26 January, 2009

I Squat Therefore I Bend

After 24-ish hours of travel, starting in Ukraine (and in Detroit for Shira), the two of us finally made it to Arambol, Goa, a small beach town, about 10-hours from Mumbai (by bus, or 1 hour by flight).

On the afternoon of our fourth day, we’re starting to synch to life on the other side of the planet. Our stomachs are still far from settled, but that’s ok, for public restrooms are very easy to come by here…most of them squatters!

A huge portion of commerce in this town, mainly open air restaurants, guesthouses, and shops dealing Gandhi t-shirts, Vishnu blankets, and ornate cloth pants comes from the tourists. A question we keep asking ourselves is, What was this place like before it was saturated by tourism? What did the beggars do with their time when there was no one to beg for money? Was there this much garbage strewn about..?

Though we’ve only been here a few days, we’ve already learned how to walk right past local woman and their adorable children as they put their fingers to their mouths asking without words, please give me something so that I can feed my skinny belly. We’ve heard that it’s best not to give money to those who ask, and that it’s more beneficial to donate to a local non-profit working on issues of hunger and poverty…Still uncomfortable though.

Now that I’ve painted that somewhat bleak looking picture, I want to express how happy Shira and I are to be here, together. Because even though there are the issues I mentioned above to think about, the more prevailing feeling between us has been one of joy, and laughter, and bewilderment that we are here, in India, a place we’ve mythologized and thought about and talked about so much for so long.

The first few days were tough as we didn’t know anyone, or have our bearings, but yesterday, we had an undisputable breakthrough. Here’s a breakdown of the day.

9:00 a.m. Wake up and pack for a 10:30 a.m. checkout from our 600 rupee (12 dollar) hostel.

10:30 a.m. Sit down for breakfast and at a restaurant 50-yards from our hostel, 200 yards from the Arabian Sea, ½ mile from “town.” There are no walls, and the floor is sand. We order a sliced banana, wrapped in a pancake, covered in nutella, a masala omlette, Indian hash browns (essentially home fries, sautéed with onions, tomatoes, garlic, peppers, and a light sweet and sour sauce, aka, the best variation on breakfast potatoes I’ve ever had), a bottle of water and black coffee with milk (may not have been pasteurized).

11:00 a.m. Finish up breakfast, pop our daily malaria pill and get ready to head into town to buy bus tickets to our next destination.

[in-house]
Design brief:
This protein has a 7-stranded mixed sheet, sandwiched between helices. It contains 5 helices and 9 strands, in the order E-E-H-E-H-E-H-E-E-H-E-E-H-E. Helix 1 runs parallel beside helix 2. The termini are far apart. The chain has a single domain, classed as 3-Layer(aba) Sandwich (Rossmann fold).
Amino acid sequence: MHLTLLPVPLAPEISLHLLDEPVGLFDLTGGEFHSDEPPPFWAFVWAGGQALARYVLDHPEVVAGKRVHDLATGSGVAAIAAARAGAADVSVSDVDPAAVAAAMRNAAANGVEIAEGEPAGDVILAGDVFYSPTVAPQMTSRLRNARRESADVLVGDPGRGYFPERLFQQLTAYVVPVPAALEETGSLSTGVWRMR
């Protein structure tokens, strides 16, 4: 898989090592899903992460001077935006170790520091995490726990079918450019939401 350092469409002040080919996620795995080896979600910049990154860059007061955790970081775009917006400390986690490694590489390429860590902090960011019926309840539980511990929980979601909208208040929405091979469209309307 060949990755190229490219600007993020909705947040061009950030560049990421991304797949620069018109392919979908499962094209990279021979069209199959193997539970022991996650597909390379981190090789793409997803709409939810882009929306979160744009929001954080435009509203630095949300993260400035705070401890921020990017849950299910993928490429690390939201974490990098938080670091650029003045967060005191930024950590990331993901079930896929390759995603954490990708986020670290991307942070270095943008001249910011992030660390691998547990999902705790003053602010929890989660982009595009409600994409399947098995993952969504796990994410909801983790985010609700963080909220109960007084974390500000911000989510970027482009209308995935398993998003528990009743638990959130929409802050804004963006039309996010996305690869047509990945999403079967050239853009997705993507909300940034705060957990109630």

11:01 a.m. Find bathroom

11:30 a.m. Walk into town, which is essentially one road, situated not far from the beach, where locals sell wares and food from their inviting shack-stores.

11:45 a.m. Get to a travel agency ran by two Goan twins. Here we buy two bus tickets, set to depart at 7 p.m., that will head into the majestic ruins of Hampi, about 15-hours away. My stomach continues to reek subtle havoc.

11:50 a.m. Start talking to a young North American couple who met a year and a half ago in Canada, and moved to India together a year ago. They tell us where we should go in Hampi, why India has been so amazing for them, and then they invite us to drink tea at a nearby restaurant (which was really just a few tables set up in front of their modest, one-room home).

Noon. Drink tea with our new friends as a few more of their friends join us. My stomach whispers (Zak, do you really want to be on a bus all night with me doing this to you?)

1:00 p.m. We decide Hampi isn’t the best move for us at this point, and essentially tear up our tickets (no day-of travel refunds)

1:30 p.m. Go with our new people to a rooftop terrace café, to hang out some more.

4:00 p.m. Leave our friends to head back to our bags which have been sitting in storage at our hostel.

4:15 p.m. Stop on the way home to sit on a bench near a little shrine, in-front of a calf and his daddy, tied to a tree.

4:17 p.m. Watch the bull and calf owner walk from his house across the street to retrieve his little friends. He’s wearing a cloth, and nothing else.

5:30 p.m. Grab our bags from our first hostel and set out to find a different cheaper hostel.

5:32 p.m. Climb on the back of a local guy named Reggie’s motorcycle. He takes us to the top of his family’s house where he rents us a room for 300 rupees (Shira bargained down from 350)!

6:00 p.m. Walk from our new home to the beach where we swim in the warm waters of the Arabian sea as the sun falls.

8:00 p.m. Sleepy

4 Comments:

Blogger Ben said...

Sounds truly, truly phenomenal.

How're those malaria pills on your sleep cycles?

12:44 PM  
Anonymous Anonymous said...

have things settled down, down there? maybe a more bland diet my friend...
those potatoes made me queasy and I only read about them

be safe, be well
love to Shira

3:29 PM  
Anonymous Anonymous said...

Shira and Zak, Sounds unbelievably awesome. Your accounts are so vivid . . . they make me feel like I am there. Take care of your stomaches . . . and I don't think I have to tell you to savor every moment.

Love you,
aunt brenda Ruff! Ruff!

10:35 PM  
Blogger Fallon said...

Sounds incredible thus far.. Keep up the good negotiating Heis!

Be nice to your tummys!

1:20 AM  

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